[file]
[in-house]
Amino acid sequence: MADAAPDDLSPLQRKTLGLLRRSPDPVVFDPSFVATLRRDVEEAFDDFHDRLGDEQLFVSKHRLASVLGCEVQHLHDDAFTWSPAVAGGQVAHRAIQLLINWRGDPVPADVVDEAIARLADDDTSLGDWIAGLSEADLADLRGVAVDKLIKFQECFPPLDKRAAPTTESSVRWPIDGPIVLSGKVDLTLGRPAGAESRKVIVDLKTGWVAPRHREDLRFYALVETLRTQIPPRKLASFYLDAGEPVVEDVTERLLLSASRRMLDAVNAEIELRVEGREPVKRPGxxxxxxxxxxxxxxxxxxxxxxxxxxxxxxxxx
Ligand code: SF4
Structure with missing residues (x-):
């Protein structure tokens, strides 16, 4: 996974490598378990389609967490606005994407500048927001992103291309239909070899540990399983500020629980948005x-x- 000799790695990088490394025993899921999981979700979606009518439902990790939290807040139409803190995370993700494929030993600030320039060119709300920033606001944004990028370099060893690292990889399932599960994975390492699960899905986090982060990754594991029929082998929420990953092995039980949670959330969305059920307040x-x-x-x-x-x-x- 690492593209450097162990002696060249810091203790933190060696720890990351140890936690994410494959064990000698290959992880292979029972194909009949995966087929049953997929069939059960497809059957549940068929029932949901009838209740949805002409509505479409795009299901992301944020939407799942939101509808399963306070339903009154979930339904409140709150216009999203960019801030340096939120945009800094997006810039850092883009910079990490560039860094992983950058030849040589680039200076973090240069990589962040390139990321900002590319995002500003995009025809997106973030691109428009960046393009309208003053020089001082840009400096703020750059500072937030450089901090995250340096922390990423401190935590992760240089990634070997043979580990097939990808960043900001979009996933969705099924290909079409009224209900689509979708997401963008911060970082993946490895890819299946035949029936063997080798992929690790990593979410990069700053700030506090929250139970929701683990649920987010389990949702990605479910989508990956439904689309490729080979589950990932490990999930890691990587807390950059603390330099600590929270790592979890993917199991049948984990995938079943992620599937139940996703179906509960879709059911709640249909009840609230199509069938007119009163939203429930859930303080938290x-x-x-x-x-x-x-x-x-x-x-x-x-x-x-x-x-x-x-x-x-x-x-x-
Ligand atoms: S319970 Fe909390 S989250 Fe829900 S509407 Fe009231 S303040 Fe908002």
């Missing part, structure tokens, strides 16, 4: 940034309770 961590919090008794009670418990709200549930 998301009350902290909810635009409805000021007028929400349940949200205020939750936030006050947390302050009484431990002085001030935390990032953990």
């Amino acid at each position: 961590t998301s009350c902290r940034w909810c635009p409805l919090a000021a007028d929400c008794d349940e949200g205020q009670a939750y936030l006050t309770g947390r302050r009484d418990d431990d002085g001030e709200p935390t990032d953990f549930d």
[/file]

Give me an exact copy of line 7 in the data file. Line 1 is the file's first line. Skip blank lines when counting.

């Missing part, structure tokens, strides 16, 4: 940034309770 961590919090008794009670418990709200549930 998301009350902290909810635009409805000021007028929400349940949200205020939750936030006050947390302050009484431990002085001030935390990032953990």